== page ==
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Prof Allen Rodgers
  +27 (0)21 650 2572
  6.41, PD Hahn building, upper campus


  • Associate Editor UROLITHIASIS (2010present)
  • Fellow of the Royal Society of South Africa (2011)
  • ​​Lifetime Fellow of University of Cape Town (2004)​
  • Emeritus Professor & Senior Research Scholar (2002—present), University of Cape Town, RSA
  • Professor and Head of Department of Chemistry (2002—2011), University of Cape Town, RSA
  • Professor (19972001), University of Cape Town, RSA
  • Associate Professor (1987—1997), University of Cape Town, RSA
  • Senior Lecturer (1982—1986), University of Cape Town, RSA
  • Lecturer (1976—1981), University of Cape Town, RSA
  • BSc Honours (1967), MSc (1969), PhD (1974), University of Cape Town, RSA

Research Interests

My research focuses on the physicochemical and biochemical risk factors associated with the formation of kidney stones. This research area lends itself very well to laboratory investigation because the fundamental laws of physical chemistry pertaining to solubility, saturation, supersaturation, chemical kinetics, chemical equilibrium, precipitation and crystallization, are appropriate. As such, basic research involving the application of these concepts in crystallization processes in urine is necessary to gain insights into the physicochemical factors which influence stone initiation and growth, and to provide direction for the development of treatment protocols. However, the complexity of the medium in which these processes occur – urine – makes the problem scientifically challenging.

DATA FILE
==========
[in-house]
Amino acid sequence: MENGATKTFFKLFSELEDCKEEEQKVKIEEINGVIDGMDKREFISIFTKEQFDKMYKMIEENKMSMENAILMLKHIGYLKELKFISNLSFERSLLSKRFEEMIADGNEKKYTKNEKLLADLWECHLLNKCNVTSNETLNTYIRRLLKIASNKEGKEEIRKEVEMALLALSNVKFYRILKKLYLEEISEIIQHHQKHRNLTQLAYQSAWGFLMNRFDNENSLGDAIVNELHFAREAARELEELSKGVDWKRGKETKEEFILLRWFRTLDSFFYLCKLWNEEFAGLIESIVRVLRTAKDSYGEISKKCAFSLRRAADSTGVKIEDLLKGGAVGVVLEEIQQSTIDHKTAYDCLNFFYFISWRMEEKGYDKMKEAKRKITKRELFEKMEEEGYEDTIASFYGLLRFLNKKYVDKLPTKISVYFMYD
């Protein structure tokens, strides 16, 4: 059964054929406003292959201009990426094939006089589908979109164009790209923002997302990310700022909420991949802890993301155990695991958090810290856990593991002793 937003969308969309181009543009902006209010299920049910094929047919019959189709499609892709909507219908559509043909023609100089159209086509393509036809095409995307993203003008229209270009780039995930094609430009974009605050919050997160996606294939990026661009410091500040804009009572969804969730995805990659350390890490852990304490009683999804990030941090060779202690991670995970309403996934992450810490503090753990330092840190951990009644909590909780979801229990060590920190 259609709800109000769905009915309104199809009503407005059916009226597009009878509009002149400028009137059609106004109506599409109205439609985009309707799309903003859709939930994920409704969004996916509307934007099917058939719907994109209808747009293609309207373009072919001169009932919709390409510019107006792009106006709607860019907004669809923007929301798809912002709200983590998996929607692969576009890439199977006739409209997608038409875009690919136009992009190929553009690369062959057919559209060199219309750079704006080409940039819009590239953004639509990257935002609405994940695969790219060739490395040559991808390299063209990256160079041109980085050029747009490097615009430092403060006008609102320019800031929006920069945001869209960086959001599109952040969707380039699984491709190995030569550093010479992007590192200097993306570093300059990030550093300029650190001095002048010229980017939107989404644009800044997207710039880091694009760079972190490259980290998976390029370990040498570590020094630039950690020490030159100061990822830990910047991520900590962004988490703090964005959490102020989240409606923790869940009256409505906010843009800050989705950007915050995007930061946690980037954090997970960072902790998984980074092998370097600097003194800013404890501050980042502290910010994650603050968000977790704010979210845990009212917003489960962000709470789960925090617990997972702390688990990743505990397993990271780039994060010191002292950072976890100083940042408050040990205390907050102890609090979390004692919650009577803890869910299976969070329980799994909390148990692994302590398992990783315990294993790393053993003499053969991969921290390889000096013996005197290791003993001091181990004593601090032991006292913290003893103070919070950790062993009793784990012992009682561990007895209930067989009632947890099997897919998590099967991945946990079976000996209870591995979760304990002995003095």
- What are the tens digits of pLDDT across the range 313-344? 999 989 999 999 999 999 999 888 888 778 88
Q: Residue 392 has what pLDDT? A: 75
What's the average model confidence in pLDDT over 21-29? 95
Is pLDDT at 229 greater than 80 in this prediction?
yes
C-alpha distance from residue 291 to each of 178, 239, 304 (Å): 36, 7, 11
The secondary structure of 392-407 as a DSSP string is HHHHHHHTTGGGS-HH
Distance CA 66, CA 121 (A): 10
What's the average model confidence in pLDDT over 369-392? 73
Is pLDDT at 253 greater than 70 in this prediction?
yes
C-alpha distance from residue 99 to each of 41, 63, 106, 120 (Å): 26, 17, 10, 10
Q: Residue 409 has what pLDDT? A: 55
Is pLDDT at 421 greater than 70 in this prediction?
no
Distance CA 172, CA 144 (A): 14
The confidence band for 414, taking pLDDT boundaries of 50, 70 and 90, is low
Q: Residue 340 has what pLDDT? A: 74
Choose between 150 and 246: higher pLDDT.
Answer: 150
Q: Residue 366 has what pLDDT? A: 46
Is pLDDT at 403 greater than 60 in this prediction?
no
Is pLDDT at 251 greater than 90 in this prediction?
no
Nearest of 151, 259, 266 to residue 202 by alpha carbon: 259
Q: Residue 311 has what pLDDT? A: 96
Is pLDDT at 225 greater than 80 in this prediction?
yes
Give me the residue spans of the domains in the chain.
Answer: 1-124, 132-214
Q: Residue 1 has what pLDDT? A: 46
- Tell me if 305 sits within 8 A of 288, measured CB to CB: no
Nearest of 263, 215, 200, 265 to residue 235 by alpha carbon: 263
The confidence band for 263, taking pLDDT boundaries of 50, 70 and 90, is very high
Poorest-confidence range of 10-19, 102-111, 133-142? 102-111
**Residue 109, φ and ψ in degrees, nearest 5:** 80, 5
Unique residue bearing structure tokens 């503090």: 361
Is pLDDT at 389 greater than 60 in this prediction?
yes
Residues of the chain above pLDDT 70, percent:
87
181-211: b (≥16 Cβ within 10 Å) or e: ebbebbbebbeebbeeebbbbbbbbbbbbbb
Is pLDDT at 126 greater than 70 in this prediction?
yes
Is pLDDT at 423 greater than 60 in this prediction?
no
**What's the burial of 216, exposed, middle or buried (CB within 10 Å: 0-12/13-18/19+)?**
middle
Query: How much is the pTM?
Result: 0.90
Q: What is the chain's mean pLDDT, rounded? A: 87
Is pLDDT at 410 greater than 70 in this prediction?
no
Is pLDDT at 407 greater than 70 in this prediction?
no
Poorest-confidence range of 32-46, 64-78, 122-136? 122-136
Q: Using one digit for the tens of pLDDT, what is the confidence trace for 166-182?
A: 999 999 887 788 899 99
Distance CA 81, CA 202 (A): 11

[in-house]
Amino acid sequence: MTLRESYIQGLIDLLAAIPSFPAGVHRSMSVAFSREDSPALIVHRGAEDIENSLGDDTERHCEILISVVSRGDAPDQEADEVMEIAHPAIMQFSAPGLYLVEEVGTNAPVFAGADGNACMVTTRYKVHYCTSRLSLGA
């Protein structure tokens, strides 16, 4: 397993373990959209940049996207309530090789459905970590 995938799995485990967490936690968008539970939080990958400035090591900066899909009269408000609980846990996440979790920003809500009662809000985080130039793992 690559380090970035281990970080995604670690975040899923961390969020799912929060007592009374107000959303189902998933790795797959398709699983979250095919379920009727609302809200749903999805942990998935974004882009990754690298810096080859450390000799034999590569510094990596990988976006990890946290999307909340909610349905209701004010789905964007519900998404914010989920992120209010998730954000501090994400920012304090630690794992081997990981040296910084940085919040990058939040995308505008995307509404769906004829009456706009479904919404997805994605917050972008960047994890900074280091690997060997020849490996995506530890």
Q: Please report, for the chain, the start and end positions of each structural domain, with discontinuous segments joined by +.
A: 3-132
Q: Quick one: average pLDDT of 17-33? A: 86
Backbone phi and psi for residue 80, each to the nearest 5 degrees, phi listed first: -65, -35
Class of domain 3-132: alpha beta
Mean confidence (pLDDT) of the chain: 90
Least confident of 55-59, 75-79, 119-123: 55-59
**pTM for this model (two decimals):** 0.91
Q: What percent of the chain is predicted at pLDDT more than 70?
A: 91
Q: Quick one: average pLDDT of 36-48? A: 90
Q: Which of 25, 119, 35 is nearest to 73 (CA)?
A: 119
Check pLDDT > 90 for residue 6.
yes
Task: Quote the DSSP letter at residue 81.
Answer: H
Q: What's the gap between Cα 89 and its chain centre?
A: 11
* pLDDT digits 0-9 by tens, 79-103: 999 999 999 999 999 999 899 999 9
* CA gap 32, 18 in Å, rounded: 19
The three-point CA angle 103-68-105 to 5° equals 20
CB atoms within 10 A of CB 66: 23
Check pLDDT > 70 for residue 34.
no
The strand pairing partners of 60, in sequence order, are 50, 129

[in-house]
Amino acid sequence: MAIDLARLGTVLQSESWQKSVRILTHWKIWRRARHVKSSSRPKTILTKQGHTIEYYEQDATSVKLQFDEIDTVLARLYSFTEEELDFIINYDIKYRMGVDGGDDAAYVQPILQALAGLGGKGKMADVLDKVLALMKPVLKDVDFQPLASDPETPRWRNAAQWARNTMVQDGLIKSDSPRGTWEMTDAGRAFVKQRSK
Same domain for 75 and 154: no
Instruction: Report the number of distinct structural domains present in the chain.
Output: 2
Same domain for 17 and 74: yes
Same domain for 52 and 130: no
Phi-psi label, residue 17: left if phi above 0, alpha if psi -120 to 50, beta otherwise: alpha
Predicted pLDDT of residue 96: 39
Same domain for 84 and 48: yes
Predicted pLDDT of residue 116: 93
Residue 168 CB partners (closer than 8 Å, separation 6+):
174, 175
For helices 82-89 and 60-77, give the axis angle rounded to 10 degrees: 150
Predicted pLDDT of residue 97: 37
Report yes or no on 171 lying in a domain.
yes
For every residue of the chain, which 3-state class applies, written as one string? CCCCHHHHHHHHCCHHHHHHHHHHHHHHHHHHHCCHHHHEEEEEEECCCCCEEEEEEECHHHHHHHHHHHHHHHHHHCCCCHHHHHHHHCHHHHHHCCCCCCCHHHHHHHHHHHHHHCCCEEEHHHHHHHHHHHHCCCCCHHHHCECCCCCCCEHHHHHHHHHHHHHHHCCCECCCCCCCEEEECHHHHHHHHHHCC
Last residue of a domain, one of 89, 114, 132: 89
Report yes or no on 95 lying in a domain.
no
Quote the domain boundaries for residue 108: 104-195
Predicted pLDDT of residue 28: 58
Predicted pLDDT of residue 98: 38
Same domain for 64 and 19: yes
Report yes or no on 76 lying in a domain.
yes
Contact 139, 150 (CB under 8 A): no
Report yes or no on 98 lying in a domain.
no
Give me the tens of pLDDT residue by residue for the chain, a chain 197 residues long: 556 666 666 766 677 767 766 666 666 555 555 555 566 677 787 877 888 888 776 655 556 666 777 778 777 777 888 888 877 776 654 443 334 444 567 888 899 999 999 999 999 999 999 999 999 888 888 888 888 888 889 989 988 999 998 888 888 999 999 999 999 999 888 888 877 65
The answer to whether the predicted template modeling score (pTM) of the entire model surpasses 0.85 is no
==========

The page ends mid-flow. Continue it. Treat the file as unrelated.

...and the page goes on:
Allied to this basic science approach, my research investigates conservative dietary and supplemental interventions for reducing the risk of stone development. Nutrients and supplements of interest are polyunsaturated fatty acids, phytate, mineral waters, pomegranate, green teas, vitamin E, and traditional herbal dietary agents and stone medications (South Africa, China)

In South Africa, a unique situation exists with respect to this disease. Although it occurs in the white population to the same extent as elsewhere in western societies, stone formation in the black population is rare. Investigation of this phenomenon is another research focus of mine.

Representative Publications

  1. Theka T, Rodgers A, Lewandowski L, Webber D, Allie-Hamdulay S. Effects of vitamin E ingestion on plasma and urinary risk factors for calcium oxalate urolithiasis in two population groups having different stone-risk profiles: evidence of different physiological handling mechanisms. JUrol Res 2012, 40:113-120
  2. Rodgers A. Race, ethnicity, and urolithiasis: a critical review. Urol Res 2013, 41:99-103
  3. Rodgers A, Allie-Hamdulay S, Jackson G, Durbach I. Theoretical modeling of the urinary supersaturation of calcium salts in healthy individuals and kidney stone patients: Precursors, speciation and therapeutic protocols for decreasing its value. J Cryst Growth 2013, 382:330-333
  4. Rodgers A. Urinary saturation: Casual or causal risk factor in urolithiasis. BJU International 2014, 114:104-110
  5. Rodgers A, Webber D, de Charmoy R, Jackson G, Ravenscroft N. Malic acid supplementation increases urinary citrate excretion and urinary pH: implications for the potential treatment of calcium oxalate stone disease. J Endourol 2014, 28:229-236
  6. Rodgers A, Webber D, Ramsout R, Gohel MD. Folium pyrrosiae ingestion has no effect on the thermodynamic or kinetic risk factors for calcium oxalate urolithiasis in healthy subjects: a poor prognosis for alternative treatment in stone formers. UROLITHIASIS 2015, 43:21-27